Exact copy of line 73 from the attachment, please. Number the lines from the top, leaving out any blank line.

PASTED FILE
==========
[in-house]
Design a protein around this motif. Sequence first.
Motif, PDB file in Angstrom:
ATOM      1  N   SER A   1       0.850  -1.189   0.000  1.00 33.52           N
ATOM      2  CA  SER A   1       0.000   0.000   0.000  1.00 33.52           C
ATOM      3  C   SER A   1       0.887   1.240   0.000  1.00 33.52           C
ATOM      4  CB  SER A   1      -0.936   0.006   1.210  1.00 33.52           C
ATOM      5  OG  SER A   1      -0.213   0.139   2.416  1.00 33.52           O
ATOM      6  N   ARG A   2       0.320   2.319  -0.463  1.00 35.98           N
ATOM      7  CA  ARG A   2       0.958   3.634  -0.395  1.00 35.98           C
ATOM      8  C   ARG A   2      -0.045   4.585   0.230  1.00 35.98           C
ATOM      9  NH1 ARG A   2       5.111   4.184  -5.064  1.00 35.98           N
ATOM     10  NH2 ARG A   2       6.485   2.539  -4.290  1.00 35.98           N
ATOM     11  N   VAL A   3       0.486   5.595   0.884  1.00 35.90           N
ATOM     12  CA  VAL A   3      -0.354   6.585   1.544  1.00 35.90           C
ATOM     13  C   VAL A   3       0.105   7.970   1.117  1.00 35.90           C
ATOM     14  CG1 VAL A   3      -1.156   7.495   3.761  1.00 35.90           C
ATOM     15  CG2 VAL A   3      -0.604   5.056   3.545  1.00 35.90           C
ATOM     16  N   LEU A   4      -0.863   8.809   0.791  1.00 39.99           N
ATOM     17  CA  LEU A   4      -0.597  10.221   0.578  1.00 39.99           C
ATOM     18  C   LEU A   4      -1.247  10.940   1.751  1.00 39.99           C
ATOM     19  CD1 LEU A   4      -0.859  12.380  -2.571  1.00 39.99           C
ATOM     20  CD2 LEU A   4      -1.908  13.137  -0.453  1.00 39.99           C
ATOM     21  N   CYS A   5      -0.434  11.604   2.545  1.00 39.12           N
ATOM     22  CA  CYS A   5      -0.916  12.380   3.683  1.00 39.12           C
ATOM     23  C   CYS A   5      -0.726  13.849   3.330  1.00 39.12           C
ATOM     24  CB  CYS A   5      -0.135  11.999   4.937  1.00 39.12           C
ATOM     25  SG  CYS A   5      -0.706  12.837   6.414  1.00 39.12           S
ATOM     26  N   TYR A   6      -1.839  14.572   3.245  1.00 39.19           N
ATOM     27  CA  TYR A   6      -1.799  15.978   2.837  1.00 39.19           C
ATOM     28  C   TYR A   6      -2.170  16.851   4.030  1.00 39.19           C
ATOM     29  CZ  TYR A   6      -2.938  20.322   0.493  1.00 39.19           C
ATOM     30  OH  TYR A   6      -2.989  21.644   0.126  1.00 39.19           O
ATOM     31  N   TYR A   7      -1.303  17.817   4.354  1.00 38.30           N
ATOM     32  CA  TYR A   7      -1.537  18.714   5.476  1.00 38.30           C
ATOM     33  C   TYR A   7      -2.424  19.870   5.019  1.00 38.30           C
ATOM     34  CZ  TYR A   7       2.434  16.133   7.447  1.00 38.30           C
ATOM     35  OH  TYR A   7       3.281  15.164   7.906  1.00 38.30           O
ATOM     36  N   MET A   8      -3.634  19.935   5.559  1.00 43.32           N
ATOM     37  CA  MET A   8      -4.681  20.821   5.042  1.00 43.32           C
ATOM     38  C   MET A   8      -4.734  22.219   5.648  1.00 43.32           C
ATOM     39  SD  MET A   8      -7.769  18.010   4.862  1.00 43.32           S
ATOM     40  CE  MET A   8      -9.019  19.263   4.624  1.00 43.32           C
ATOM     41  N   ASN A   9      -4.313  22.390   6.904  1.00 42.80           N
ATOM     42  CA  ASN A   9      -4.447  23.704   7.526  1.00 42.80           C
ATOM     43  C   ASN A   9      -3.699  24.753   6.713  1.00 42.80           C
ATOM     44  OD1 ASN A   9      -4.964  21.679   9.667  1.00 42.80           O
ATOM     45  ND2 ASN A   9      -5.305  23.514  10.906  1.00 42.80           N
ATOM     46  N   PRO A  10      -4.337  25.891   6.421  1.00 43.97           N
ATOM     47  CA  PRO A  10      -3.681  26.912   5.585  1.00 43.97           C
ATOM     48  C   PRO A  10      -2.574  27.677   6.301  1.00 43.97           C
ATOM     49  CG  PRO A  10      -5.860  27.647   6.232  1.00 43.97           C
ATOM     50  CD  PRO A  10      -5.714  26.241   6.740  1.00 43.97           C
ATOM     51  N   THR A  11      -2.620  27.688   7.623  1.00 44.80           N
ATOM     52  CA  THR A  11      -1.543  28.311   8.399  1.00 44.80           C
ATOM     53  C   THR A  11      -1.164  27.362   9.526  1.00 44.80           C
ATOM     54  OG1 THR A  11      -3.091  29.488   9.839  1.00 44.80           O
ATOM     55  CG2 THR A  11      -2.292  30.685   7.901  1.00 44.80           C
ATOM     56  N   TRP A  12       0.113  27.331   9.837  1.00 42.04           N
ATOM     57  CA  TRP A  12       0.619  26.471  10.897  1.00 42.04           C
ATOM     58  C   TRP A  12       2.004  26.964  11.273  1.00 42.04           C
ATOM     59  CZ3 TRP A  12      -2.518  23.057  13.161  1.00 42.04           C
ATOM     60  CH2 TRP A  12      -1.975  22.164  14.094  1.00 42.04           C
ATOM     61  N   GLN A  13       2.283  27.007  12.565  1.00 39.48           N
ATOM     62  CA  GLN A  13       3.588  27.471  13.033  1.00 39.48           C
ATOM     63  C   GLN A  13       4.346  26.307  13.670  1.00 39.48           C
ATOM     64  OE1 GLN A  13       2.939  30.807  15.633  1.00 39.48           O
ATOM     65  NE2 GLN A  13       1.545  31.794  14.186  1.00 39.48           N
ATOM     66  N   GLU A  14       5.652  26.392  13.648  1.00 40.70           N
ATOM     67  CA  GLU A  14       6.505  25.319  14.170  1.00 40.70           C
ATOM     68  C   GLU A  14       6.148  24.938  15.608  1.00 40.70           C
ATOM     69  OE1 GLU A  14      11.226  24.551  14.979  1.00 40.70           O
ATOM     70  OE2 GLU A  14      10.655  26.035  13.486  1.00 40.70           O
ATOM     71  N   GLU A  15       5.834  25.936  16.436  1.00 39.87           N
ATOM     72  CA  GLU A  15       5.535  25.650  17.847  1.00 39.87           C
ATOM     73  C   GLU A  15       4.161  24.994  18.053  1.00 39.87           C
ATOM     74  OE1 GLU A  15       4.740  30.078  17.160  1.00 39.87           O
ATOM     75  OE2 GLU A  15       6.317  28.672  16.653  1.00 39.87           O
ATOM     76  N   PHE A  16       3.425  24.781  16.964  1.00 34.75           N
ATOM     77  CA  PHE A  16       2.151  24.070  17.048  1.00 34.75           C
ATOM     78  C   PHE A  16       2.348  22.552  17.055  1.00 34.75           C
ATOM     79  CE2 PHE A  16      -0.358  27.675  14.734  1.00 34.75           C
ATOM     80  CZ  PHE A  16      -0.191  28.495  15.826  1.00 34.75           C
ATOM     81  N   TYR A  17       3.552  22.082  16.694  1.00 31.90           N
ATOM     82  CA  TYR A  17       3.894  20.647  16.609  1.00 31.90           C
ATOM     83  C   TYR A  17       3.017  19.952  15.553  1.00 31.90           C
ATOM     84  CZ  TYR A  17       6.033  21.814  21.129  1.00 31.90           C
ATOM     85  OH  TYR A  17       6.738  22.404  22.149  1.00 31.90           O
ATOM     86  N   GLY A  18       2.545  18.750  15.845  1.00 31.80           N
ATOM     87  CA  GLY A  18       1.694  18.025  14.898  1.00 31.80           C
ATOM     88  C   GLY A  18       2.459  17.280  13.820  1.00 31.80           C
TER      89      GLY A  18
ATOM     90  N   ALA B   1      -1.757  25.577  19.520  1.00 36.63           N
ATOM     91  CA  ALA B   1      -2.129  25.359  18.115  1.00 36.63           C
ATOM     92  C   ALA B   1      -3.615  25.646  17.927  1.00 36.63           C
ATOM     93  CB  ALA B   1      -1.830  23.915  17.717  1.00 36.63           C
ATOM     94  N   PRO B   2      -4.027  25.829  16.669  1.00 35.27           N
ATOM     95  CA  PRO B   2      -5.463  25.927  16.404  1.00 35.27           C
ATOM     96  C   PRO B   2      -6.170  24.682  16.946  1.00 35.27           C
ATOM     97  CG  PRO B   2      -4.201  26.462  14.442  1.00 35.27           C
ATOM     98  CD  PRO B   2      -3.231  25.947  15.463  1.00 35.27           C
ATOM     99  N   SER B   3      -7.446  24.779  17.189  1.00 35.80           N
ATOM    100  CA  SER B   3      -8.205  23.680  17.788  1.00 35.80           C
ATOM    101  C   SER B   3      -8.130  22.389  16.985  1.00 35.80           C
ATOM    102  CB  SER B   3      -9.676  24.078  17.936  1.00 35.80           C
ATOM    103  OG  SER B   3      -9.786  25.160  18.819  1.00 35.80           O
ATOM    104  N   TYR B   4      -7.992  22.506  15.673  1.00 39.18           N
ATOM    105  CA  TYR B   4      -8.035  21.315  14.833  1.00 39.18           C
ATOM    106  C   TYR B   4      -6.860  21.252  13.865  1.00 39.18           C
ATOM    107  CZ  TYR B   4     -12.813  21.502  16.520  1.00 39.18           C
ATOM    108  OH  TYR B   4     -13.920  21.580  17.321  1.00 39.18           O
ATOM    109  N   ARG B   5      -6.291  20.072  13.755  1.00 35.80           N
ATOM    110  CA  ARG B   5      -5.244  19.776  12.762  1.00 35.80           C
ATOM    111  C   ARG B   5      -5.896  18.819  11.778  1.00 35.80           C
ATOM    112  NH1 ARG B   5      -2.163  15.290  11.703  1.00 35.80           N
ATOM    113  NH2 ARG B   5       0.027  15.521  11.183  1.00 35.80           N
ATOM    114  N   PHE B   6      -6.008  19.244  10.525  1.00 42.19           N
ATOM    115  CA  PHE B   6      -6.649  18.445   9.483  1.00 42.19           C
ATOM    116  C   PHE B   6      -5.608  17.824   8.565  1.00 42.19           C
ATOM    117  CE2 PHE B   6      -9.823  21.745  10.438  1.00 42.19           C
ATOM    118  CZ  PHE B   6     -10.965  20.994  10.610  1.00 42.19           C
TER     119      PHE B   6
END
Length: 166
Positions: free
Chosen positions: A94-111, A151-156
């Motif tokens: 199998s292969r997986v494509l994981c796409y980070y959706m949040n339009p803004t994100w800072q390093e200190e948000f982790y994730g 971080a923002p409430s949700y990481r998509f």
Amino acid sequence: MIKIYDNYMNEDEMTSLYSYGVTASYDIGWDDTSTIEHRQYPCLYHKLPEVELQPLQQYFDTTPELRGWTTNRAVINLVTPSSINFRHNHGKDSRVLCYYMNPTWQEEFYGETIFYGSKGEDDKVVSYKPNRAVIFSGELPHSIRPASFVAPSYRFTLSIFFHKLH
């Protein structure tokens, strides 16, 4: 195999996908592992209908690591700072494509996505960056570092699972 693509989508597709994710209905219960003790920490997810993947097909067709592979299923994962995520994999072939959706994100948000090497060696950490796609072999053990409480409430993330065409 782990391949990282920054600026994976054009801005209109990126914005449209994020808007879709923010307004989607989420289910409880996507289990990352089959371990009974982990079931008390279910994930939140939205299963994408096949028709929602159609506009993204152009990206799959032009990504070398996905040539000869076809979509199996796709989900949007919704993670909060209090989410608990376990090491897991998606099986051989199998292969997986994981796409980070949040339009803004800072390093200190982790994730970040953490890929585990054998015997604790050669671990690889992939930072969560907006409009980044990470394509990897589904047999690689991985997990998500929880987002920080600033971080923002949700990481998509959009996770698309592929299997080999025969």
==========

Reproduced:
ATOM     70  OE2 GLU A  14      10.655  26.035  13.486  1.00 40.70           O